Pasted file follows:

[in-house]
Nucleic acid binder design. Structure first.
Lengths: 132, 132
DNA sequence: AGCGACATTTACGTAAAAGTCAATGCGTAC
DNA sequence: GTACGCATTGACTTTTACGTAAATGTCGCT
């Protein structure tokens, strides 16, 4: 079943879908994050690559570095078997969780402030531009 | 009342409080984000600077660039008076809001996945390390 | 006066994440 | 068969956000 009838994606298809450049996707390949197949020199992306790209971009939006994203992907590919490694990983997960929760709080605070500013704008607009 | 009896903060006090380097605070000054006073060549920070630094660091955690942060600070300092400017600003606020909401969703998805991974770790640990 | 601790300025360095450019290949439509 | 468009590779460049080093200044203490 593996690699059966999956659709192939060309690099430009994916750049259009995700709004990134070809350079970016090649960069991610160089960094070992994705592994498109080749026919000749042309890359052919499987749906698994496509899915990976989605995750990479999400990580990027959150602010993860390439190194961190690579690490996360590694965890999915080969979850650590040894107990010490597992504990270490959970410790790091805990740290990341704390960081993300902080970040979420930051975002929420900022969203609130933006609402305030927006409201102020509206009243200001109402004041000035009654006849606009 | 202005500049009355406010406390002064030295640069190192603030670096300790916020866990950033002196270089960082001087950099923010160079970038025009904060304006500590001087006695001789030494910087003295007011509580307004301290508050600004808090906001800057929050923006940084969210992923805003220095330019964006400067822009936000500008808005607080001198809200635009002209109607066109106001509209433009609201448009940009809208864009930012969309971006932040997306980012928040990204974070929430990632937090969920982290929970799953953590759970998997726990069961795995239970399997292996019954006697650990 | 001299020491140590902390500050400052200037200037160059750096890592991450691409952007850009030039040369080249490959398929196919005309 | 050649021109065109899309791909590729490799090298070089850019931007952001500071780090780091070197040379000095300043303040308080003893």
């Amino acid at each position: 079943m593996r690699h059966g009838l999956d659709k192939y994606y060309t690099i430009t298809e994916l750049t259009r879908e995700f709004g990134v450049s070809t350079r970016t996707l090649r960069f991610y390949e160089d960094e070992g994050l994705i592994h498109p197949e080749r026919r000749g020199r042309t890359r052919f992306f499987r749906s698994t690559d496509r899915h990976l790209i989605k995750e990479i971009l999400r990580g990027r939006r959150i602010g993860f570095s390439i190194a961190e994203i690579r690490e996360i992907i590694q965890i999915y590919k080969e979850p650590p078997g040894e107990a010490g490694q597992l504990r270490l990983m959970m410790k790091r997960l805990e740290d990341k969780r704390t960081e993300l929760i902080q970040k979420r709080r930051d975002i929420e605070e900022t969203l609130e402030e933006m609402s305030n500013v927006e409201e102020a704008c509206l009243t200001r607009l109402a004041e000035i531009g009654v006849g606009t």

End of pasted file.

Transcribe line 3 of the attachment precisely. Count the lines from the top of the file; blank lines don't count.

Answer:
Lengths: 132, 132